KingSpry | Applying IDEA and Section 504 COVID-19

Applying IDEA and Section 504 in the Time of COVID

Posted on April 22nd, 2020
by Glenna M. Hazeltine

Recently, PDE’s Bureau of Special Education (BSE) issued guidance which states, “LEAs should work to ensure that a student receiving special education services is continuing to be provided with FAPE, as appropriate and reasonable for each student’s circumstances. Educational and related services and supports may need to be adjusted accordingly.”  

Services to be provided to students identified as eligible under the IDEA and Section 504 continue to be applicable during the time that schools are closed by the Governor in response to the COVID-19 pandemic, including the due process provisions of the statutes that offer parents an opportunity to request due process hearings.

The IDEA and Section 504 are federal civil rights statutes that provide for extensive supports and services for students eligible under the statutes as well as extensive due process protections that can be accessed by parents on behalf of their children.

During this period of closure, we have advised clients that students be provided with supports and services as closely approximating those in their IEPs or Service Agreements as possible and as appropriate to “each student’s circumstances.” Further, we have recommended that schools use the BSE language above in providing services and not, during closure, the language of the IDEA. For example, it is recommended that schools engage in “data collection” and not “progress monitoring;” that they provide written notice to the parents of the services to be provided by letter, but not by NOREP.

Under the IDEA, schools can be held to the FAPE standard of meaningful progress.  However, at this time, there are too many variables in a “child’s circumstances” for that to be an appropriately accurate standard. Under current circumstances, we cannot control the educational environment.  Therefore, schools may collect data but should not engage in progress monitoring.

The NOREP offers parents an opportunity to disagree and request a due process hearing.  As schools are providing prior notice to parents of services and supports during this unusual period, they are offering what is “reasonable” under each child’s “circumstances.”  It is advised that the NOREP, which puts parents in a position to disagree and require other services – and to request a due process hearing – is contra-indicated at this time.

Services to be provided to eligible students at this time include new instruction. Thus, students are to be provided with the services indicated on their IEPs or Service Agreements that support instruction. Such services include, for example, speech and language services, one-to-one and individualized instruction, occupational therapy and physical therapy and counseling.

It is anticipated that upon schools’ re-opening, parent attorneys will be taking advantage of the schools’ closure to request hearings claiming denial of FAPE.

While we have as yet no blueprint for how those claims will be addressed by hearing officers, it is our opinion that our best defense will be to be able to demonstrate good faith efforts. We believe that good faith efforts will be demonstrated with an extensive array of supports derived from and as closely as possible replicating the students’ IEPs and Service Agreements, and how they are offered.  We believe that parents will be less likely to seek representation if they feel that they and their student have been provided with instruction and supports that indicate an understanding of their child and his or her needs, and that they and their child have been provided with an opportunity for communication with the child’s providers.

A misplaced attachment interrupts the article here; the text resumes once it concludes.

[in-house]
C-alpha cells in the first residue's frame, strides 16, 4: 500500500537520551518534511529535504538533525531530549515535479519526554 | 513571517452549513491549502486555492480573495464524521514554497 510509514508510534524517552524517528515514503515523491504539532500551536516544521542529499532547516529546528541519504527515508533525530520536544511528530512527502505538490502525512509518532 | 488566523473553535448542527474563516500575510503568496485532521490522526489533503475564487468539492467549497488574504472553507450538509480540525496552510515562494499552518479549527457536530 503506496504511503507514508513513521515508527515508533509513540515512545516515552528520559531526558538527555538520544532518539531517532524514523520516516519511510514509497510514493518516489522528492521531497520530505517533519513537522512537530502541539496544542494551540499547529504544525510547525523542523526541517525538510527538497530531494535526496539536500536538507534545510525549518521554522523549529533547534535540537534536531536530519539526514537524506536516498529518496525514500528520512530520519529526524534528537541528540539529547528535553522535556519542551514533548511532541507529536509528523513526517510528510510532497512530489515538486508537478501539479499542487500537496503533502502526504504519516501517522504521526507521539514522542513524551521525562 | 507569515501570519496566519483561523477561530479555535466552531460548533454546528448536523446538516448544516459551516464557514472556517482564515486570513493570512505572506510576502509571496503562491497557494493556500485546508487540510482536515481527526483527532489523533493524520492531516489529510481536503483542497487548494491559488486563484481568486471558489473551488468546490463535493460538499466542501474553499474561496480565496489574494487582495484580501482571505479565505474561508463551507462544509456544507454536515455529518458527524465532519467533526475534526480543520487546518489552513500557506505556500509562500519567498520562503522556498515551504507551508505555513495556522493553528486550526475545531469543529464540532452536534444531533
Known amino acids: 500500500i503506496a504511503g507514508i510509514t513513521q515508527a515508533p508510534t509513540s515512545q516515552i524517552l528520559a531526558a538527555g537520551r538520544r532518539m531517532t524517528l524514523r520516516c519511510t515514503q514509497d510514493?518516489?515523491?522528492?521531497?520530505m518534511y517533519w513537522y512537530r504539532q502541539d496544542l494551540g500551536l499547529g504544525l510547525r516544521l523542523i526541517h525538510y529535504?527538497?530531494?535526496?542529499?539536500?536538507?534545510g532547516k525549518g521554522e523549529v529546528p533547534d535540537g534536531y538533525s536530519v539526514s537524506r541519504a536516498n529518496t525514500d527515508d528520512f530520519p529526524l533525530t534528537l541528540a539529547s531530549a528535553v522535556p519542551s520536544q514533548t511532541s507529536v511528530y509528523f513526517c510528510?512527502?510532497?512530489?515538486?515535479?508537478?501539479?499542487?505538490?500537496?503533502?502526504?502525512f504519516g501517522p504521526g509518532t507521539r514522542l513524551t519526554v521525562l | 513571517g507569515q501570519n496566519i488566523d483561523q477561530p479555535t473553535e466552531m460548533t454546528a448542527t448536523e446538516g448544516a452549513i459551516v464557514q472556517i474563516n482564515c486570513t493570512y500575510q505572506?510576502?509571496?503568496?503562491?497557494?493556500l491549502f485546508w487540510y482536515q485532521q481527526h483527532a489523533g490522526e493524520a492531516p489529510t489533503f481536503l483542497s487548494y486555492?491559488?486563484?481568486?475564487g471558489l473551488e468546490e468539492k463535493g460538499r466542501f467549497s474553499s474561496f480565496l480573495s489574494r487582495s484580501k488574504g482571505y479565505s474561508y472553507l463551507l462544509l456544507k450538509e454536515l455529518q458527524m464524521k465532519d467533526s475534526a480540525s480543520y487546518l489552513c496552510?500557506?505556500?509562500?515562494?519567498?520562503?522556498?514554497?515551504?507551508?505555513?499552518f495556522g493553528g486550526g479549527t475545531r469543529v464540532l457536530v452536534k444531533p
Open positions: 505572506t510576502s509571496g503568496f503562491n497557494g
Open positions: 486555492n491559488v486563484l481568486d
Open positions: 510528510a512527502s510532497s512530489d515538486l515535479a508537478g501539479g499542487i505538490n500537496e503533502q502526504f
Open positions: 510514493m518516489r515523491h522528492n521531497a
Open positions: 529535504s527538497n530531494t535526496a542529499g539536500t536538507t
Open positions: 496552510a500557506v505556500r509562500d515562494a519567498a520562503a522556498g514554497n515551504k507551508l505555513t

We believe that the schools that are offering virtual education by a child’s own teacher and providers, with opportunities for both the student and the parents to communicate directly with both in order to support the student and address parents’ issues can be shown to demonstrate good faith. We believe that most schools of our experience are offering, for example, virtual instruction by a child’s teacher in the morning with outreach by the teacher each afternoon to check in with the child, in addition to “office hours” when the teacher is available by telephone.

Virtual instruction and phone check-ins are also a model that we believe can support a good faith defense for the provision of, for example, speech and language services, counseling services, occupational and physical therapy services.

The more closely a child is able to interact directly and person to person the less likely it will be for the parent to seek representation.

Bottom Line for Schools

Both the IDEA and Section 504 provide for financial consequences as well as the payment of attorneys’ fees that can be substantial. In the event that a school cannot demonstrate good faith, it is anticipated that the attorneys who represent parents are going to file actively in order to challenge the services that were provided.

Therefore, the above recommendations are best-practice during school closure, and we believe they are a method for reducing the school’s liability in the avalanche of due process requests that we believe will be filed.    

If you have a question, please contact your legal counsel or one of the special education attorneys at KingSpry.

School Law Bullets are a publication of KingSpry’s Education Law Practice Group. This article is meant to be informational and does not constitute legal advice.